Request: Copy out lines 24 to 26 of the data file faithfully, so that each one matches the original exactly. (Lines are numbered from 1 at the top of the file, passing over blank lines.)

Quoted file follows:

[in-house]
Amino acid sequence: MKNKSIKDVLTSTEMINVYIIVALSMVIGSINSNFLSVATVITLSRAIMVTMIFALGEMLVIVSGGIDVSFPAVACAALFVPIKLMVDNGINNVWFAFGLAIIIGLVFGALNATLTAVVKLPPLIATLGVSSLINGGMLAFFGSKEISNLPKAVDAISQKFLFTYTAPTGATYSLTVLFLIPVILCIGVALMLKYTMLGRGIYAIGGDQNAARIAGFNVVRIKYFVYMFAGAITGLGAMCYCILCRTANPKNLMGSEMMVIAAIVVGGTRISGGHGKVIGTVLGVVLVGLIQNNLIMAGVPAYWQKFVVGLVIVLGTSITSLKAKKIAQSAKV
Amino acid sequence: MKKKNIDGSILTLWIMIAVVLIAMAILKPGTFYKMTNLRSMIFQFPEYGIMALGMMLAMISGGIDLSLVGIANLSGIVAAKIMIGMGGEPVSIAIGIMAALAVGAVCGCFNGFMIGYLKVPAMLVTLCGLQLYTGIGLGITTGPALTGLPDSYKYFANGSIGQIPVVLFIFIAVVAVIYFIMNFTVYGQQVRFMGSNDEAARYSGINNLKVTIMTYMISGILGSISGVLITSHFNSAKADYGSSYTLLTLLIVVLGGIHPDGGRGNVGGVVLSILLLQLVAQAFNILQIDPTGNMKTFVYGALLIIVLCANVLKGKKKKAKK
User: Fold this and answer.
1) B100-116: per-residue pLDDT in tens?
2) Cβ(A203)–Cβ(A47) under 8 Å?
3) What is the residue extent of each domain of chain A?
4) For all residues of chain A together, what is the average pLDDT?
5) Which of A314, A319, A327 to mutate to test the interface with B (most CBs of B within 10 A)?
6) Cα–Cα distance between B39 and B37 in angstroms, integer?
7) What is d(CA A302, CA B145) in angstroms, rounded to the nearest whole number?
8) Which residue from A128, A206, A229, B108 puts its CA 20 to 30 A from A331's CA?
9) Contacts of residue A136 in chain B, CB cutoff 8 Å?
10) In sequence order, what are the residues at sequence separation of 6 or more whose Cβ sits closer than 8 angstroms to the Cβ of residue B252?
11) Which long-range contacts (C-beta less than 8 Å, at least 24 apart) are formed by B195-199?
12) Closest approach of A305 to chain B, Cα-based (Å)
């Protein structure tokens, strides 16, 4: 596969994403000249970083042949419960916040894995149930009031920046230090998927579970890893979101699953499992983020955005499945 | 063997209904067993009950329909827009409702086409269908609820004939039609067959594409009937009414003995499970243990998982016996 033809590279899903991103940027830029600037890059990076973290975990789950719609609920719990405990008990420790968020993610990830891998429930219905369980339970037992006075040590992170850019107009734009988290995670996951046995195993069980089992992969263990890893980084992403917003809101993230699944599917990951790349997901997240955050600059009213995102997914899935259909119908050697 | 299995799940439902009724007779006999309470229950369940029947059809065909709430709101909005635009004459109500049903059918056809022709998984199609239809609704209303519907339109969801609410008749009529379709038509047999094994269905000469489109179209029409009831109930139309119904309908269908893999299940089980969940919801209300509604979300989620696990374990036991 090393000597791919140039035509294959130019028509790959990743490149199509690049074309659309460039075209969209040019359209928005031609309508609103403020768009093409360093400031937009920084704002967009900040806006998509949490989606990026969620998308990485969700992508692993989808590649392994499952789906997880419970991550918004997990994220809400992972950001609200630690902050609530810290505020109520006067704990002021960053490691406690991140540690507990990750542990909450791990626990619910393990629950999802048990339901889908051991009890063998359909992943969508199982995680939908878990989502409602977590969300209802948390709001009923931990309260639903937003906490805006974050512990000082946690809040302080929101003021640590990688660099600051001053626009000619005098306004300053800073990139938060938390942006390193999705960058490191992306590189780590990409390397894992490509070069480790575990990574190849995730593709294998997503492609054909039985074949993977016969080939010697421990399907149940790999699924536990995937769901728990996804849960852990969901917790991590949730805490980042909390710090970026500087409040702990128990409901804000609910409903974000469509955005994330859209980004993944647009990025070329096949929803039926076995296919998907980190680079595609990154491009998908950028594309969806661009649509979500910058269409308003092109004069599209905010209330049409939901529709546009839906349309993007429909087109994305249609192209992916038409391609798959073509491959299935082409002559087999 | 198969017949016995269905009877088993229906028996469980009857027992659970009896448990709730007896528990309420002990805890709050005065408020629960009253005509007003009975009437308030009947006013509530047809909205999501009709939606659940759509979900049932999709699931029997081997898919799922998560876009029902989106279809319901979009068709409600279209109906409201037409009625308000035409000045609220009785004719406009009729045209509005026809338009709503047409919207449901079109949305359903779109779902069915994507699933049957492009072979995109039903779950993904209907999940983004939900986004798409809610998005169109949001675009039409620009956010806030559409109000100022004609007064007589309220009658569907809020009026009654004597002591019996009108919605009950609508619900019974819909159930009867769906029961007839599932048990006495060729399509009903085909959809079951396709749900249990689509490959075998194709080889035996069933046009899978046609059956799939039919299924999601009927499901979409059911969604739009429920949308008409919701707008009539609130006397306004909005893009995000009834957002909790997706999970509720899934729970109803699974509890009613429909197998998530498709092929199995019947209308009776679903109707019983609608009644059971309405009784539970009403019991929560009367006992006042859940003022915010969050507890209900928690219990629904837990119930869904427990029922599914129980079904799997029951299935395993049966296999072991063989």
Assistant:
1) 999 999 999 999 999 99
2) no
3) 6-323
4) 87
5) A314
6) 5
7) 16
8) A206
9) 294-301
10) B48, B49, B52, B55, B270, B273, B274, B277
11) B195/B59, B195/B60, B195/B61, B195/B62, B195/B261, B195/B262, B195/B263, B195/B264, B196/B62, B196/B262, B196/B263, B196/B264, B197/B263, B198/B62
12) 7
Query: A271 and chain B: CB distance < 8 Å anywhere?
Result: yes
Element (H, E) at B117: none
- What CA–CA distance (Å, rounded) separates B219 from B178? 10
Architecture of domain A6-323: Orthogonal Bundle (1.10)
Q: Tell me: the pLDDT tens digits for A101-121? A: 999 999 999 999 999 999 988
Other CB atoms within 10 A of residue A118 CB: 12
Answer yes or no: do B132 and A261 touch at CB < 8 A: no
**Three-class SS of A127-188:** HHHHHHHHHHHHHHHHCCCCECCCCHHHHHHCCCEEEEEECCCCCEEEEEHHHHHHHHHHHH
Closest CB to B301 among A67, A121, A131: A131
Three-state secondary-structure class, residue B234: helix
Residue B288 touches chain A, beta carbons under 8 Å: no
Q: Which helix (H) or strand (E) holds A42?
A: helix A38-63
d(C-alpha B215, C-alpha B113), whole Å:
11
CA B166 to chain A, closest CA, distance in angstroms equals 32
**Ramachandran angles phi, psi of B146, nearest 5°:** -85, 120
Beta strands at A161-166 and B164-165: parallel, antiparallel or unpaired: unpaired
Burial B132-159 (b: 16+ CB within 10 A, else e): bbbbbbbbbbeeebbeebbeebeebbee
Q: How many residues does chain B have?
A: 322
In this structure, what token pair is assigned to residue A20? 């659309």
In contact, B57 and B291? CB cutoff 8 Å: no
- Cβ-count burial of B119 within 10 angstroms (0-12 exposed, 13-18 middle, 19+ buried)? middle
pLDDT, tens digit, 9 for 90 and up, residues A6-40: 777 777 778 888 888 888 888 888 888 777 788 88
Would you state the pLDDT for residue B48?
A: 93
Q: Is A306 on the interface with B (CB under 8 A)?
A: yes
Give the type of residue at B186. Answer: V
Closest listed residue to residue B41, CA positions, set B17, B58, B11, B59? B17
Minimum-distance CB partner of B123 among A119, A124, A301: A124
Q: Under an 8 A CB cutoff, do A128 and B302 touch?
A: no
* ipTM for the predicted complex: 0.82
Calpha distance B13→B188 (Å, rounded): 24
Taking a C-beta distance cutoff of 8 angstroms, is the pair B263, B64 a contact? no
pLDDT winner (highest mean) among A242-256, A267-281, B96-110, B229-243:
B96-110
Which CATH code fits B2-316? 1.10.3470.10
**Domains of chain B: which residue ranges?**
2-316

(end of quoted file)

6) 5
7) 16
8) A206